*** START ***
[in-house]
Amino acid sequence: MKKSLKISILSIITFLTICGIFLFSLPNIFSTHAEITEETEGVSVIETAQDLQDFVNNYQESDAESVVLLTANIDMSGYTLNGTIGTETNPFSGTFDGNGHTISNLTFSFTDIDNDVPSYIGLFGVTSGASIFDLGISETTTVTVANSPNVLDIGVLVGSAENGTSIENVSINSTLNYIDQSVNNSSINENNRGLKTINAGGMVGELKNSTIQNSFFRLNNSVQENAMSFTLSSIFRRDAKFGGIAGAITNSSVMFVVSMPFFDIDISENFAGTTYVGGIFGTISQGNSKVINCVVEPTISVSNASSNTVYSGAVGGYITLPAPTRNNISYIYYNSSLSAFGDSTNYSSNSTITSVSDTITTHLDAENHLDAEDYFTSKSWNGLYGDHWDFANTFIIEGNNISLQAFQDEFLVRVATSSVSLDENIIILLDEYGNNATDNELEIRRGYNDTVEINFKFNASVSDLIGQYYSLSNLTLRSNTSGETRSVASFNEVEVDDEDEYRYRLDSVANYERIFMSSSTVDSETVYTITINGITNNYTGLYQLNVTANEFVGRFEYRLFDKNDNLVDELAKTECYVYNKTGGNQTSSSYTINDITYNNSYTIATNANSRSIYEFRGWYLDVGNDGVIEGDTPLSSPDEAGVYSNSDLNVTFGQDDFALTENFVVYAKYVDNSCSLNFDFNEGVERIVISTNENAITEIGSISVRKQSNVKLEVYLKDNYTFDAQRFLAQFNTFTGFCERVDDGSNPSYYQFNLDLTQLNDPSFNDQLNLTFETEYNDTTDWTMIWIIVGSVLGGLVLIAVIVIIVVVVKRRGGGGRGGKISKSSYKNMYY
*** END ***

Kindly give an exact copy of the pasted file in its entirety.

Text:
[in-house]
Amino acid sequence: MKKSLKISILSIITFLTICGIFLFSLPNIFSTHAEITEETEGVSVIETAQDLQDFVNNYQESDAESVVLLTANIDMSGYTLNGTIGTETNPFSGTFDGNGHTISNLTFSFTDIDNDVPSYIGLFGVTSGASIFDLGISETTTVTVANSPNVLDIGVLVGSAENGTSIENVSINSTLNYIDQSVNNSSINENNRGLKTINAGGMVGELKNSTIQNSFFRLNNSVQENAMSFTLSSIFRRDAKFGGIAGAITNSSVMFVVSMPFFDIDISENFAGTTYVGGIFGTISQGNSKVINCVVEPTISVSNASSNTVYSGAVGGYITLPAPTRNNISYIYYNSSLSAFGDSTNYSSNSTITSVSDTITTHLDAENHLDAEDYFTSKSWNGLYGDHWDFANTFIIEGNNISLQAFQDEFLVRVATSSVSLDENIIILLDEYGNNATDNELEIRRGYNDTVEINFKFNASVSDLIGQYYSLSNLTLRSNTSGETRSVASFNEVEVDDEDEYRYRLDSVANYERIFMSSSTVDSETVYTITINGITNNYTGLYQLNVTANEFVGRFEYRLFDKNDNLVDELAKTECYVYNKTGGNQTSSSYTINDITYNNSYTIATNANSRSIYEFRGWYLDVGNDGVIEGDTPLSSPDEAGVYSNSDLNVTFGQDDFALTENFVVYAKYVDNSCSLNFDFNEGVERIVISTNENAITEIGSISVRKQSNVKLEVYLKDNYTFDAQRFLAQFNTFTGFCERVDDGSNPSYYQFNLDLTQLNDPSFNDQLNLTFETEYNDTTDWTMIWIIVGSVLGGLVLIAVIVIIVVVVKRRGGGGRGGKISKSSYKNMYY